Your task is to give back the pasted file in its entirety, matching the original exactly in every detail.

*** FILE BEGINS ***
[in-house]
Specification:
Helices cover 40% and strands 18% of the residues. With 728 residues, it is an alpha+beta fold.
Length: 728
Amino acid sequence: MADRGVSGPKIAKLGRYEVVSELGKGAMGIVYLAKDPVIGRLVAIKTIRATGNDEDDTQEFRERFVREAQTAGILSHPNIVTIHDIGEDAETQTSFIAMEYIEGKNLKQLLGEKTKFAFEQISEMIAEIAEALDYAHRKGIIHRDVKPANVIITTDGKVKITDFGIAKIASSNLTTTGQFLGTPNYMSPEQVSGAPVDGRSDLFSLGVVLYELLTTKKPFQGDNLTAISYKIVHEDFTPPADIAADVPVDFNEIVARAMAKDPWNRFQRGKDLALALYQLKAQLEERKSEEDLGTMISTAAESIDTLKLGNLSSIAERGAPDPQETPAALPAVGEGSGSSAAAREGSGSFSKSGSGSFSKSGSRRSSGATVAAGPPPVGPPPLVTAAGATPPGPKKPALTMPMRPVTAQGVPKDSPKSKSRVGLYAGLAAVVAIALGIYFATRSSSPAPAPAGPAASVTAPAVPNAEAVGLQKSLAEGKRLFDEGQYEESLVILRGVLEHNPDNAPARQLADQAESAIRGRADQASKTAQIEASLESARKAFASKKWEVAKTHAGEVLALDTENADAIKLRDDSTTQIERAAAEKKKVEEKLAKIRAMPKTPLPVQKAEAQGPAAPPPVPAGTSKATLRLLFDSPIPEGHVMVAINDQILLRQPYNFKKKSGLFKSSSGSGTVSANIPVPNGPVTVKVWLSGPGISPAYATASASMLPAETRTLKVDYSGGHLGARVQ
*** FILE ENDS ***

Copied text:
[in-house]
Specification:
Helices cover 40% and strands 18% of the residues. With 728 residues, it is an alpha+beta fold.
Length: 728
Amino acid sequence: MADRGVSGPKIAKLGRYEVVSELGKGAMGIVYLAKDPVIGRLVAIKTIRATGNDEDDTQEFRERFVREAQTAGILSHPNIVTIHDIGEDAETQTSFIAMEYIEGKNLKQLLGEKTKFAFEQISEMIAEIAEALDYAHRKGIIHRDVKPANVIITTDGKVKITDFGIAKIASSNLTTTGQFLGTPNYMSPEQVSGAPVDGRSDLFSLGVVLYELLTTKKPFQGDNLTAISYKIVHEDFTPPADIAADVPVDFNEIVARAMAKDPWNRFQRGKDLALALYQLKAQLEERKSEEDLGTMISTAAESIDTLKLGNLSSIAERGAPDPQETPAALPAVGEGSGSSAAAREGSGSFSKSGSGSFSKSGSRRSSGATVAAGPPPVGPPPLVTAAGATPPGPKKPALTMPMRPVTAQGVPKDSPKSKSRVGLYAGLAAVVAIALGIYFATRSSSPAPAPAGPAASVTAPAVPNAEAVGLQKSLAEGKRLFDEGQYEESLVILRGVLEHNPDNAPARQLADQAESAIRGRADQASKTAQIEASLESARKAFASKKWEVAKTHAGEVLALDTENADAIKLRDDSTTQIERAAAEKKKVEEKLAKIRAMPKTPLPVQKAEAQGPAAPPPVPAGTSKATLRLLFDSPIPEGHVMVAINDQILLRQPYNFKKKSGLFKSSSGSGTVSANIPVPNGPVTVKVWLSGPGISPAYATASASMLPAETRTLKVDYSGGHLGARVQ